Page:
Odysseus and his men sailed across the unknown, empty sea. As they travelled the nights became shorter and the days longer until they arrived in a land where night no longer existed. There was no time for sleep or rest, just the doing of an eternal day.

This was the land of the Laestrygonians.

Had Odysseus known in advance what kind of creatures lived on land he would have ordered his men to set sail and not look back until this terrible land was out of sight. But they had just endured a torrid time, when, within sight of home, they had been engulfed in a great storm and blown halfway around the world. They needed rest and resources.

He saw a calm bay, encircled by great cliffs on all sides. The other eleven ships in his fleet docked there, but something told Odysseus to hold back, to keep one ship outside the bay. As they scrambled onto dry land, he ordered three of his men to look for food and fresh water and to see if any people lived here.

The men entered the hills and soon met a girl drinking water by a spring.

“You are in the land of my father, King Antiphates”, she informed them.

The girl was unusually large, but seemed friendly, and led them to the palace. When they met the King and his wife they were terrified – both were mountain-like and hungrily snatched one of the men and, licking their lips, began to eat him. The other two tore away in terror, running all the way back to Odysseus and the ships.

Odysseus spotted his men running, with the hungry tribe of Laestrygonians in hot pursuit. Before Odysseus could do anything the Laestrygonians were hurling great boulders down in the bay where the eleven ships were anchored. The ships were splintered and ripped apart, as the wounded sailors, groan and screaming, were hurled into the churning sea. The Laestrygonians, with a ravenous endeavour, scrambled down the cliffs, waded into the sea, and began to spear the drowning sailors like fish.

There was nothing Odysseus could do for his comrades inside the bay. With his sword he cut the rope, unmooring his ship and screamed at his men:

“Row! Row for your lives!”

As the men frantically rowed away from that awful place they cried and wailed in grief and terror, as the screams of their comrades filled their ears.

They did not stop rowing until the sight of land had disappeared from the horizon. Odysseus and his men had set out for home with twelve ships. In the carnage they had lost eleven of them and all their crews. Now, only one ship remained.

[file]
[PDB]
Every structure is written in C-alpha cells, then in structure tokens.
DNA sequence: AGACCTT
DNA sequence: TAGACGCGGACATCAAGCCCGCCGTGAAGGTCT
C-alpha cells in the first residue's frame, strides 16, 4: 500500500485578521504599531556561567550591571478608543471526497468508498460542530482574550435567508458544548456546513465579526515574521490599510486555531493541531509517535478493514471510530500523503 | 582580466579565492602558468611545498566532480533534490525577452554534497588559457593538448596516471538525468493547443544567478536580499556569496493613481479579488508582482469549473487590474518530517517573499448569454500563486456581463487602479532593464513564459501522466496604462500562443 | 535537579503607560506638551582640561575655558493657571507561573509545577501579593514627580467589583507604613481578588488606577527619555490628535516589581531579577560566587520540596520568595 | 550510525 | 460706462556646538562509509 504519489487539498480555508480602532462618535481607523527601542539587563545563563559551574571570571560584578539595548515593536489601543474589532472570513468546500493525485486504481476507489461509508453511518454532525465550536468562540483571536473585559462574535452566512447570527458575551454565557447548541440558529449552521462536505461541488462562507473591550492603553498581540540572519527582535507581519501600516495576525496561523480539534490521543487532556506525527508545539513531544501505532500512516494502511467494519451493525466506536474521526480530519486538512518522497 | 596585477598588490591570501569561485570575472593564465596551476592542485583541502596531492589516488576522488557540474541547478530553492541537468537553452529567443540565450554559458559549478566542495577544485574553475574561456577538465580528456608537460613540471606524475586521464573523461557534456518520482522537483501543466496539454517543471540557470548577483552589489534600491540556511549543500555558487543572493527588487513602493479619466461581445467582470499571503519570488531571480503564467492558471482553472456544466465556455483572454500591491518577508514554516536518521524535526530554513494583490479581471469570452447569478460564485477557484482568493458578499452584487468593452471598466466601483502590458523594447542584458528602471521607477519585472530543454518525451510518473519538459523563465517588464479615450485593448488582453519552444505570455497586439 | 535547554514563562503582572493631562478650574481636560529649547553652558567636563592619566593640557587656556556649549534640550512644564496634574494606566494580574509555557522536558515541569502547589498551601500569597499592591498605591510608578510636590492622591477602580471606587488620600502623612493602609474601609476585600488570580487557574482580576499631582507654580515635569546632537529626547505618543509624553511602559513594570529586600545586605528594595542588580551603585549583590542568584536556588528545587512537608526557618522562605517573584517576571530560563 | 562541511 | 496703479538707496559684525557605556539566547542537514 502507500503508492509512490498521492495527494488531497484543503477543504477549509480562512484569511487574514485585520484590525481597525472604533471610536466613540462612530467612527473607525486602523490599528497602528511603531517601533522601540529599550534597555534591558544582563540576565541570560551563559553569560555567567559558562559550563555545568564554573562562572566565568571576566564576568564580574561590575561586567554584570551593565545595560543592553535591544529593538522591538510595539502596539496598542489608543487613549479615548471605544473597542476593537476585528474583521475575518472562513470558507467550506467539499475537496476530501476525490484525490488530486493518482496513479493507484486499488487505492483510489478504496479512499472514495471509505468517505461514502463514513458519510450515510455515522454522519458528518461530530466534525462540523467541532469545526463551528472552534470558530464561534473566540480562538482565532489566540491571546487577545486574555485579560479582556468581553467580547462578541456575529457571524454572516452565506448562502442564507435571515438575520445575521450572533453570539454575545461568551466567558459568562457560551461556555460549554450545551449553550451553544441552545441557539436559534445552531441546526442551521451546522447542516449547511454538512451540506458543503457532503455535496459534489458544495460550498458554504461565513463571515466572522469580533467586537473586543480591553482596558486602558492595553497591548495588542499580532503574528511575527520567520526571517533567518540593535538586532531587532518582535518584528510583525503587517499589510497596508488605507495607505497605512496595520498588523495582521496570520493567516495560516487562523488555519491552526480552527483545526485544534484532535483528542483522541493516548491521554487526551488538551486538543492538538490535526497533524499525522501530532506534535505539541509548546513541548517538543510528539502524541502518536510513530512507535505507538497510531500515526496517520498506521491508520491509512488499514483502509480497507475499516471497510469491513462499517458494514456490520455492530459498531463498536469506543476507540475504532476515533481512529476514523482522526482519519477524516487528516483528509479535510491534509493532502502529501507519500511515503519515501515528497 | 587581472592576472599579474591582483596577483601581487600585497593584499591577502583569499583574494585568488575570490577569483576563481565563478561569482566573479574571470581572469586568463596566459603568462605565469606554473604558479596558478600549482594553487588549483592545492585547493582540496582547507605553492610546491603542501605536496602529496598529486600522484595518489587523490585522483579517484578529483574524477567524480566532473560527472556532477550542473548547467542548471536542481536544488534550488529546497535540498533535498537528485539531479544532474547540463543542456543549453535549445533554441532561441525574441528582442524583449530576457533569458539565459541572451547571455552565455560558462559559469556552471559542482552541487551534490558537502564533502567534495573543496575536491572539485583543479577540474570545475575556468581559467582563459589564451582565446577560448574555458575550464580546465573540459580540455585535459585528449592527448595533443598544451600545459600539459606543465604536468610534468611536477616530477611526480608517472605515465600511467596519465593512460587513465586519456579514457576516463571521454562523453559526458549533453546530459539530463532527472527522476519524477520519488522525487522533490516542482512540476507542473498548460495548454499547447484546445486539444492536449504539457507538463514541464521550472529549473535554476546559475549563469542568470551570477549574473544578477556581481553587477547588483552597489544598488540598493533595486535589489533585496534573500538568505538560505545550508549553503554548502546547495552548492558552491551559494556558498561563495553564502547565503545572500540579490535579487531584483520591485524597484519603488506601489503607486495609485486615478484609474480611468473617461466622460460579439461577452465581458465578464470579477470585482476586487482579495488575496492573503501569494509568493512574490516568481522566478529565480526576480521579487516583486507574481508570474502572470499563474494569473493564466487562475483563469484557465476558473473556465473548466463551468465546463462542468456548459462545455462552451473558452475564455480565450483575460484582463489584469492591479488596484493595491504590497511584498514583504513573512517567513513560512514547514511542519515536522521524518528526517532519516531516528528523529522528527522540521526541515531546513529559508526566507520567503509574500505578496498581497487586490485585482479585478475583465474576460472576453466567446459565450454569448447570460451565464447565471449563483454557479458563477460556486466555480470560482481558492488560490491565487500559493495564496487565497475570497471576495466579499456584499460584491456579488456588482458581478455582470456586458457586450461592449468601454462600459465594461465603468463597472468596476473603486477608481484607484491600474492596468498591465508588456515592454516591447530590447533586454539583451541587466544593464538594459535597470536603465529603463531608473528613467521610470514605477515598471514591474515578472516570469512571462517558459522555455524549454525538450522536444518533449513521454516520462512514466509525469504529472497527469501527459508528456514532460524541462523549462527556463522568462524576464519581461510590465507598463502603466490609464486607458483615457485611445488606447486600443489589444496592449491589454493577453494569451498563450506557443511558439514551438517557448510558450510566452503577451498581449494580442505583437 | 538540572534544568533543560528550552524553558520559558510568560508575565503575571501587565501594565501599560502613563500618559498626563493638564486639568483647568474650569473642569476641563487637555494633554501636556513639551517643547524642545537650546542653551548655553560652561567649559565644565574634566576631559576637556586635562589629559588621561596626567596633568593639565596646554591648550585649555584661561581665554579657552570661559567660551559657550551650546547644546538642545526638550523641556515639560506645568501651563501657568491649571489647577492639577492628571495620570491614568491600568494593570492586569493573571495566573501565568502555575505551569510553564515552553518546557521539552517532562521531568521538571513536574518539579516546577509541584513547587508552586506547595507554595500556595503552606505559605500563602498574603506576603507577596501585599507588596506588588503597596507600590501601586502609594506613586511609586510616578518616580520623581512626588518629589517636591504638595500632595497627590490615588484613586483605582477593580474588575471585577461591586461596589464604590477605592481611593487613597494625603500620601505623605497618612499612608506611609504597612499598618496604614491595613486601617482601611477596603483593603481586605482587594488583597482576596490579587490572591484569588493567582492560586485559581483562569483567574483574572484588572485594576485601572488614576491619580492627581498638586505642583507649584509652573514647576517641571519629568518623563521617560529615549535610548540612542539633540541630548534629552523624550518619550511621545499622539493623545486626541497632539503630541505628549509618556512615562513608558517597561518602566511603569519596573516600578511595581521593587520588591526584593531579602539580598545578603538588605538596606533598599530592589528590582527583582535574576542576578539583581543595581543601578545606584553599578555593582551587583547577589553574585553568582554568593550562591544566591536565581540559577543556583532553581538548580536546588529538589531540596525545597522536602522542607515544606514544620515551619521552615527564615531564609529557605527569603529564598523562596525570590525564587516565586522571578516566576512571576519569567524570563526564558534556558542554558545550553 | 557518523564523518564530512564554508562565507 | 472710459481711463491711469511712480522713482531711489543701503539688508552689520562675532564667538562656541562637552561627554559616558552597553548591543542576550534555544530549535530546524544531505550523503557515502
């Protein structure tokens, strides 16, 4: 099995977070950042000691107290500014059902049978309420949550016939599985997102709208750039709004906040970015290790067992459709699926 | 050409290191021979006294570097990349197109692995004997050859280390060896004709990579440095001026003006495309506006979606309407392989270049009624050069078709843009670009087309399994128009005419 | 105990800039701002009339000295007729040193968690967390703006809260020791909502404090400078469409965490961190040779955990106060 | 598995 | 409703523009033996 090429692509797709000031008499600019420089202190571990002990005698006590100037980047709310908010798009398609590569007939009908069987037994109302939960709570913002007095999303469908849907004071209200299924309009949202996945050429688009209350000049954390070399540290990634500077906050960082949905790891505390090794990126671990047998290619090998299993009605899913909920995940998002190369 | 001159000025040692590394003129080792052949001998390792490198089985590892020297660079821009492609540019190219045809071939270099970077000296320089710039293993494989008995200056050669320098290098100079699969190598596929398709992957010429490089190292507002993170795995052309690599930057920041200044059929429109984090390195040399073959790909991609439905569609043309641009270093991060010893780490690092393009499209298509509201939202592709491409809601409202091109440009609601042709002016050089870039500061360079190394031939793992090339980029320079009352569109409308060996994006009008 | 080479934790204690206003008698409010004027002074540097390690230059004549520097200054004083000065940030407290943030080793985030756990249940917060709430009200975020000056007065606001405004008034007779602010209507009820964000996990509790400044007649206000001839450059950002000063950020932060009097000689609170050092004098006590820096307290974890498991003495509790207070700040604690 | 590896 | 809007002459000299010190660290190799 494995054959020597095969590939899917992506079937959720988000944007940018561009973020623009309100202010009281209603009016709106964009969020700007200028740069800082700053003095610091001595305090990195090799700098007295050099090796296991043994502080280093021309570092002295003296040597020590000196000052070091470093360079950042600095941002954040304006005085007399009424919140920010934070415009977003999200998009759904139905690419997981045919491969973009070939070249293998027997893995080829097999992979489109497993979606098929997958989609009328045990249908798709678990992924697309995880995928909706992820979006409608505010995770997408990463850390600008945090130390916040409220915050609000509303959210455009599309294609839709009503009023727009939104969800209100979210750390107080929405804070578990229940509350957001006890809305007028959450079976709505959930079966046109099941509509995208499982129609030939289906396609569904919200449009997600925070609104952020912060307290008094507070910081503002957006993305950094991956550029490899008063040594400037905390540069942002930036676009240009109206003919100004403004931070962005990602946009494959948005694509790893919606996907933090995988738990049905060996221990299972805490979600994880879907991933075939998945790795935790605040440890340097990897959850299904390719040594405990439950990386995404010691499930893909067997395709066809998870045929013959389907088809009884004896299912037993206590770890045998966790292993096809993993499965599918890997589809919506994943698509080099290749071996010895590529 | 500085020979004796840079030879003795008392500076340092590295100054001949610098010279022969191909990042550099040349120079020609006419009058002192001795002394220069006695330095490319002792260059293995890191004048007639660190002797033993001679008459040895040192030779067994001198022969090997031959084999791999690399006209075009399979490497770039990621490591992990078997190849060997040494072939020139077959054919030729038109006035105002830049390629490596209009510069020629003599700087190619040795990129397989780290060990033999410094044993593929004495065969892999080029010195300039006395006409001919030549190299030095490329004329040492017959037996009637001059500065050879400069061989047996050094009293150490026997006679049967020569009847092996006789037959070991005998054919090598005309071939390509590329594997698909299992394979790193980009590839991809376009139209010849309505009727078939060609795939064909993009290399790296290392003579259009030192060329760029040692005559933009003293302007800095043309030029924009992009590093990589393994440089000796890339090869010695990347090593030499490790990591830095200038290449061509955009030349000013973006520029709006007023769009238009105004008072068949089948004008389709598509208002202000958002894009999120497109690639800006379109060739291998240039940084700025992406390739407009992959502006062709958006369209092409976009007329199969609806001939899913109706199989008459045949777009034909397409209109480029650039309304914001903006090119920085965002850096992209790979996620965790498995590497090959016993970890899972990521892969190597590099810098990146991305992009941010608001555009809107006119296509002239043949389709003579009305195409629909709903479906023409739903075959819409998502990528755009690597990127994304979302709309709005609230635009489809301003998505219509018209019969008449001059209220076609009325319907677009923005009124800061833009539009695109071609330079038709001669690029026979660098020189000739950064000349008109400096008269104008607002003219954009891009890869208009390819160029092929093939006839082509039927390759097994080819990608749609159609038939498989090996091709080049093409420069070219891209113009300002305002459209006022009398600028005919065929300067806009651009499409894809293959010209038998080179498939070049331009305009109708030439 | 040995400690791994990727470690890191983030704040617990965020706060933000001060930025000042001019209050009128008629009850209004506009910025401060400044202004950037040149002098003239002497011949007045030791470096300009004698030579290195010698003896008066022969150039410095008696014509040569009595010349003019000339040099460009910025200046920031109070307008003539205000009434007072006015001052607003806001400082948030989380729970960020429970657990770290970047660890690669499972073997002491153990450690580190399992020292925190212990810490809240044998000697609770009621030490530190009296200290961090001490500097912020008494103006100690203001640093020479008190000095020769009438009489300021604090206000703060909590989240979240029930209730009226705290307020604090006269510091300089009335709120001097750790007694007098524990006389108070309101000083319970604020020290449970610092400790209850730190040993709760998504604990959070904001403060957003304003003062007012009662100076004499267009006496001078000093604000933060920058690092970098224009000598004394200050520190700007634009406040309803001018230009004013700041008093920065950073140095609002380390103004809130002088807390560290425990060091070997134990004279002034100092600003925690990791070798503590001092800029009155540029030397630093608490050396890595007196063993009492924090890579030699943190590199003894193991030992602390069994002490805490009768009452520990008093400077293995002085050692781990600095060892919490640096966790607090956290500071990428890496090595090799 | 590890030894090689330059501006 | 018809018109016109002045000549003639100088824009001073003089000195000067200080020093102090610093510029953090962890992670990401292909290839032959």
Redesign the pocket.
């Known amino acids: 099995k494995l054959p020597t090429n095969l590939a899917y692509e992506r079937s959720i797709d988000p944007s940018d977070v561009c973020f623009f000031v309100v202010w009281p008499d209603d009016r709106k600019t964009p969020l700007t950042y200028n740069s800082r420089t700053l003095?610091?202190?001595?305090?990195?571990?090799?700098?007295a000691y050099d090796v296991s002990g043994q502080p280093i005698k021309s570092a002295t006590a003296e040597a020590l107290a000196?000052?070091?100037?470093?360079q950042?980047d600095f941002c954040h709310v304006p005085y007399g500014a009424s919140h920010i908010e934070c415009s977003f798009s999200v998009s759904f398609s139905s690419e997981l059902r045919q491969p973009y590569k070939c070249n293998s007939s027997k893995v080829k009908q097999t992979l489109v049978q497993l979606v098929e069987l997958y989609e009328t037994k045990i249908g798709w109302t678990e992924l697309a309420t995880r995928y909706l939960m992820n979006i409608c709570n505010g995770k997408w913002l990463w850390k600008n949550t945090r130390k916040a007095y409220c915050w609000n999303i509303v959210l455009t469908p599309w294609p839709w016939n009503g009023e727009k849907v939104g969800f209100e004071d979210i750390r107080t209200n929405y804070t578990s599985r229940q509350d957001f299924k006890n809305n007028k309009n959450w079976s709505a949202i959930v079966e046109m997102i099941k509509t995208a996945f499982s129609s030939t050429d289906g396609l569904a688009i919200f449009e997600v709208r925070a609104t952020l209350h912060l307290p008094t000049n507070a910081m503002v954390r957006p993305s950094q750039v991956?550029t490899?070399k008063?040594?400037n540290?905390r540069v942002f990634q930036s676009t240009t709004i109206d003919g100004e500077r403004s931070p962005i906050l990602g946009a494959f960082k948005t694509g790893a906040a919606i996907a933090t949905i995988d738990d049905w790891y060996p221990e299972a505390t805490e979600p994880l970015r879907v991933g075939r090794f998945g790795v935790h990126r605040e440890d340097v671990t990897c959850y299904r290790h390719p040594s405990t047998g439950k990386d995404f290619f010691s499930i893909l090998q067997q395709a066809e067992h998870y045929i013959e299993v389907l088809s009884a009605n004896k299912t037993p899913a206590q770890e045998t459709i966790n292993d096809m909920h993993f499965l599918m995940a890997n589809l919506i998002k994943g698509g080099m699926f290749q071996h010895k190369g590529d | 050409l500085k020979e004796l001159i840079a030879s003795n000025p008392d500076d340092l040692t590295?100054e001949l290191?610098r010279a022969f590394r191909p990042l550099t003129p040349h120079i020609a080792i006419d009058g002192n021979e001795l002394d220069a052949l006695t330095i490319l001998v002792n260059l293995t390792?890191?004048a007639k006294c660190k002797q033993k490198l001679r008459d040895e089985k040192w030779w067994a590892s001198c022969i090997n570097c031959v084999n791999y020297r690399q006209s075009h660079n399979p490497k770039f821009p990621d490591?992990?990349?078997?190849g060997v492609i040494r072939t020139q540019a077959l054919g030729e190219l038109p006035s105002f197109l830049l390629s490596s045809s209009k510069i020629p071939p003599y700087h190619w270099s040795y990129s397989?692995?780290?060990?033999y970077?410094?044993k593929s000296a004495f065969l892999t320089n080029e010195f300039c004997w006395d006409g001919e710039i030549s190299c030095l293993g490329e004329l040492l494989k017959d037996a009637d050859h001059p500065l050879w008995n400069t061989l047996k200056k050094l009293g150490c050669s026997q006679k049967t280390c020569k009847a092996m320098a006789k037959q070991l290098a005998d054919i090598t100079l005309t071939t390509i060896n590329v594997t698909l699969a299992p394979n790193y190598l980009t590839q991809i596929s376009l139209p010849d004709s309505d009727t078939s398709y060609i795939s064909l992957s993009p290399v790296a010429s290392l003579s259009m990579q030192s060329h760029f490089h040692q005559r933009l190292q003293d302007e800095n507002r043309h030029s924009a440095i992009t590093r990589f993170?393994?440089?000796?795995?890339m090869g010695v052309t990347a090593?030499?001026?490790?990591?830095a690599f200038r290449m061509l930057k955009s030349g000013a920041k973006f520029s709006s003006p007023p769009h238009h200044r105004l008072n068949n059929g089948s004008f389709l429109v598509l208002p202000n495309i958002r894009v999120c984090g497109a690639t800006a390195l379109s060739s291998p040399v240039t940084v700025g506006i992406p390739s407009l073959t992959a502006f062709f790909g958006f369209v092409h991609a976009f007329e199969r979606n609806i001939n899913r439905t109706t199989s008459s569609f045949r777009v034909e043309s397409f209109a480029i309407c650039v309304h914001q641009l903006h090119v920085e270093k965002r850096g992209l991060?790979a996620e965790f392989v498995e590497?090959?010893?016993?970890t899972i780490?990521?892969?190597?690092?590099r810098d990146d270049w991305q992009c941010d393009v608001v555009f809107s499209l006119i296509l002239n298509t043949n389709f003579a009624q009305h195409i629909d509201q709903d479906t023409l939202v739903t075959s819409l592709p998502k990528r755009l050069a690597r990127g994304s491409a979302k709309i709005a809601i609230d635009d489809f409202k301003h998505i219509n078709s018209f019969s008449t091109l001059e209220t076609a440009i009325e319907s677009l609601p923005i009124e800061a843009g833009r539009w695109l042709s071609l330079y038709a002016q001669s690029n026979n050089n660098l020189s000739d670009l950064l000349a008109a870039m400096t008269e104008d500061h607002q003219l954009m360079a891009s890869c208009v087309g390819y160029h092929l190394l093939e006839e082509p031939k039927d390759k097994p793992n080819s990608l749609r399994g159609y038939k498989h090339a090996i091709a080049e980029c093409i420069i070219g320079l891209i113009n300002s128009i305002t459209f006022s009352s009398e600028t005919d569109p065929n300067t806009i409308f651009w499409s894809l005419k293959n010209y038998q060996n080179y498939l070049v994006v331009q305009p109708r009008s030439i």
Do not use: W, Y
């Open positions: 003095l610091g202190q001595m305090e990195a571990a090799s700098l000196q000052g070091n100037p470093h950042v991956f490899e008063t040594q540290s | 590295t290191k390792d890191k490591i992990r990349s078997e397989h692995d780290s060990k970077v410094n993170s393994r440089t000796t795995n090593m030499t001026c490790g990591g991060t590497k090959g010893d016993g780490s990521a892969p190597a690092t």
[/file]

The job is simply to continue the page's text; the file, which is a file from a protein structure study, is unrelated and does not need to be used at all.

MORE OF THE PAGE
It was Walter Cannon who introduced the fight/flight concept. In the late 1890’s he was researching the digestive system of animals. He observed that when an animal got stressed its digestion became disrupted. He went onto explore how the Autonomic nervous system (ANS) controls the physiology of the body in challenging situations. He called this the ‘emergency response’ which he used interchangeably with ‘fight/flight’.

Joseph LeDoux refers to the ‘defensive survival circuits’ instead of ‘fear circuits/ system’ because, he argues, they are not based on conscious feeling of fear. Instead these circuits detect threat and orchestrate defensive responses to keep the organism alive and well.

Survival systems manage interactions with the environment as part of daily quest to survive. Survival circuits are activated in situations where well-being is challenged or enhanced and the overall response is a ‘global organismic state’ involving brain and body. Activation of the defensive survival circuit results in a defensive motivational state. This is part of the task of managing resources and maximising chances of survival in situations where challenges or opportunities exist.

When we detect threat, we become highly aroused and vigilant. We focus on clear and present danger and are on alert also for other sources of harm. Eating, drinking, sex, and sleep, are suppressed.

The response of this defensive motivational state is guided by past instrumental learning, make sure the responses are suited to current circumstances. The defensive response generally facilitates approach and avoidance behaviour: escape or the avoidance of danger, and the movement towards resources like food or drink as part of an effort to survive and thrive.